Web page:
The American Civil Liberties Union is criticizing the change.
ACLU Director Laura Murphy says the proposal is "a terrifying nightmare" for innocent people.
Lawyers also have trouble with it.
Former prosecutor Lawrence Barcella says it's "beyond troubling" because the attorney-client relationship is constitutionally protected.
—The Associated Press
Celebs Cut Commercials for Big Apple
Celebrities star in TV ad campaign to boost New York City tourism
N E W Y O R K, Nov. 8 — Woody Allen does a triple lutz on the ice skating rink at Rockefeller Center. A hip-shaking Barbara Walters sings off-key while auditioning for a Broadway show. Henry Kissinger, wearing his trademark dark suit, slides clumsily into home plate at Yankee Stadium.
Those celebrities are among a group of quintessential New York personalities who taped a series of six television advertisements in which they are seen doing things that, well, they aren't very good at.
The ads, which were previewed Thursday at City Hall, will air nationally to boost the city's tourism industry, which has been hurt by the Sept. 11 terrorist attacks on the World Trade Center.
"New Yorkers have proudly displayed their indomitable spirit during this difficult time by resuming their lives with a sense of purpose, confidence and determination — and, of course, with humor," Mayor Rudolph Giuliani said.
Other ads feature Billy Crystal dressed as a turkey, and Robert DeNiro in a pilgrim outfit for the Macy's Thanksgiving Day Parade; and former baseball great Yogi Berra in a tuxedo conducting the New York Philharmonic.
"Who," he asks, "is Phil Harmonic?"
—The Associated Press
Legal Aid Donations Criticized Over Terror-Sweep Clients
W A S H I N G T O N, Nov. 9 — A conservative legal group said Thursday that the United Way should take back a $171,000 donation to an organization that is representing several detainees in connection with the Sept. 11 attacks.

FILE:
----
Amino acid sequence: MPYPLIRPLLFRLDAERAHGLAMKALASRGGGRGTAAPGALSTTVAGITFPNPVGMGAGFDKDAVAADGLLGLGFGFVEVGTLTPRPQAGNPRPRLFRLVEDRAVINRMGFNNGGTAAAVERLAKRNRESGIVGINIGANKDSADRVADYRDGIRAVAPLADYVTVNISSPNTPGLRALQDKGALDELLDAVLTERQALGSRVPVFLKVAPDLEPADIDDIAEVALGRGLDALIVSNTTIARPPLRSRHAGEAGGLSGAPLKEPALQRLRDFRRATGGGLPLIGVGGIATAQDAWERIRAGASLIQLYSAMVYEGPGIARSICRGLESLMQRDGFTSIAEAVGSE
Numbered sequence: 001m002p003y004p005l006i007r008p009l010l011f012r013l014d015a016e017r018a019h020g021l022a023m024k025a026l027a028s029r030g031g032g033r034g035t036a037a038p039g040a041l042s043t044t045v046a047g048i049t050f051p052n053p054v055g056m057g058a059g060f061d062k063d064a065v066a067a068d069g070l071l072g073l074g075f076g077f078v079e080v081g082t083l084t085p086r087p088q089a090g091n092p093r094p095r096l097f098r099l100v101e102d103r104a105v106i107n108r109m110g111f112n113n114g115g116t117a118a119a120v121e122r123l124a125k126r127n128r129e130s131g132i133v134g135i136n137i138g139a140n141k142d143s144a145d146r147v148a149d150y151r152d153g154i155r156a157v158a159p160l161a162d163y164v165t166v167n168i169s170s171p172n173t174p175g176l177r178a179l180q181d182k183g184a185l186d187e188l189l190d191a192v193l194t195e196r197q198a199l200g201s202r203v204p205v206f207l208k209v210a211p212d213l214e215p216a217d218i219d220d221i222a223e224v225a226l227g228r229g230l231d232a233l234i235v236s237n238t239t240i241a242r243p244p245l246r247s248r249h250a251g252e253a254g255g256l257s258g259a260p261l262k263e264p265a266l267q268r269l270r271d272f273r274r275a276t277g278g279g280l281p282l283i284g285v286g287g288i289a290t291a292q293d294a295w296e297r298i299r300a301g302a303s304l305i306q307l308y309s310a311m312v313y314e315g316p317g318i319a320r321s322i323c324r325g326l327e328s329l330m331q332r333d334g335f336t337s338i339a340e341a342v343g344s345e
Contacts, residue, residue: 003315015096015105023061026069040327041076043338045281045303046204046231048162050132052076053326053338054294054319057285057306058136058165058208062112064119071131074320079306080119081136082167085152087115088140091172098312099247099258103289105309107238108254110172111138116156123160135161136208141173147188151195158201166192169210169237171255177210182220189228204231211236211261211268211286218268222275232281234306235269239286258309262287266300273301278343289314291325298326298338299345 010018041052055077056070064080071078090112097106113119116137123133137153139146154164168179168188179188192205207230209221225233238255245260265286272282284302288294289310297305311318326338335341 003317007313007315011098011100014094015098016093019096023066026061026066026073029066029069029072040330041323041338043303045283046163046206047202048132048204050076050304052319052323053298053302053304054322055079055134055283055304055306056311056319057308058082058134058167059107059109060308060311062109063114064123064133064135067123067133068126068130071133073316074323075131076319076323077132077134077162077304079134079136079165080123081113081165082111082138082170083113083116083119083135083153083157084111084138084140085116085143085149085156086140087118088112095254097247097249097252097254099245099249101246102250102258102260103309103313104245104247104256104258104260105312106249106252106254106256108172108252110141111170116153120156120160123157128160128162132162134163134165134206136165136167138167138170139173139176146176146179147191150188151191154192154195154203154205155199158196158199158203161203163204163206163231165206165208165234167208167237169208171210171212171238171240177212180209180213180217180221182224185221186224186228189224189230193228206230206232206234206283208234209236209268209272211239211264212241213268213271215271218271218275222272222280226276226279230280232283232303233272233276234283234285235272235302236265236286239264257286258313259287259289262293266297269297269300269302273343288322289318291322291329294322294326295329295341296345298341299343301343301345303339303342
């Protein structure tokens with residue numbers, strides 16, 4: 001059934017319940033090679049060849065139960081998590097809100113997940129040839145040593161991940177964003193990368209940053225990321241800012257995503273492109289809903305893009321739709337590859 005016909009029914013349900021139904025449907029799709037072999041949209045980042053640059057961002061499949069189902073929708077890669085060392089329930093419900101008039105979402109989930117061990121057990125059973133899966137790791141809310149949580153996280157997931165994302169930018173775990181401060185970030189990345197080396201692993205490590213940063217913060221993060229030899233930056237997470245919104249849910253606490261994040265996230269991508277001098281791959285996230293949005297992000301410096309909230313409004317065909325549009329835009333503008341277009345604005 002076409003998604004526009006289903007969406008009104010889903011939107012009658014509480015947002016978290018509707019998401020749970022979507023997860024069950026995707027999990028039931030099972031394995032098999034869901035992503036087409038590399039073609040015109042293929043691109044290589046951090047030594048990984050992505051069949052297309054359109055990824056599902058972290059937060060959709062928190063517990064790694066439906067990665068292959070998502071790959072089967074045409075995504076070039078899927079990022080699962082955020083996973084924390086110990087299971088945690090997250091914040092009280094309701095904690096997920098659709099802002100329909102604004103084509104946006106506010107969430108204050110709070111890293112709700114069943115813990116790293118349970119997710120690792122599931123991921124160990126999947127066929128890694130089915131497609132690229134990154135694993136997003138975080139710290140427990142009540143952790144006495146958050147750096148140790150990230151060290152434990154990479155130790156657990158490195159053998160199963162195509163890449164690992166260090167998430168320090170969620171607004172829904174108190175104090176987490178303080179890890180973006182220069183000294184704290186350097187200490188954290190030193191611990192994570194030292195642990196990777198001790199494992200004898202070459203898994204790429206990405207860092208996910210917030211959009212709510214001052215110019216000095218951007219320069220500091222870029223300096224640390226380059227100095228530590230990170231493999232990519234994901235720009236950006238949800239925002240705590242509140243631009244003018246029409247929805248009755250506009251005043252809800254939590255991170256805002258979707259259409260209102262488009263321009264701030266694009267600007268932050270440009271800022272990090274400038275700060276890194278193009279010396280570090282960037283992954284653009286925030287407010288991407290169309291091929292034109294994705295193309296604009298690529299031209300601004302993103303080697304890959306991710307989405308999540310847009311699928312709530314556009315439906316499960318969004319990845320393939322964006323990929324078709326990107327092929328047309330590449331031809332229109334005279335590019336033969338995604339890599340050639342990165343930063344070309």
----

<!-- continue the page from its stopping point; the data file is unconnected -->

Officials from the Legal Aid Society and the United Way's Sept. 11 Fund said none of the restricted grant is paying for work on the detainees cases, and is going entirely to help victims of the World Trade Center attacks.
A spokesman for the fund, Jeanine Moss, said the charity had no plans to rescind the grant, but would ask Legal Aid and other recipients for an accounting of how grants are being spent.
The National Legal and Policy Center believes donors would not want their money supporting the Legal Aid Society, which is representing several of the detainees being held on immigration charges and also is helping them find permanent counsel.
"They did not contribute to help the terrorists, their supporters or people arrested or detained because they violated immigration laws," the group wrote the United Way of New York.
Also Thursday, the American Red Cross said it would poll donors to see how they understood their contributions to the charity's Liberty Fund would be used. The charity has been under fire for not funneling enough of the $564 million raised by the fund to attack victims and their families.
"We are reviewing our messages and we are reviewing the donor's understanding of what our messages were … to make sure we're all on the same page together," Red Cross official Michael Farley said.
—The Associated Press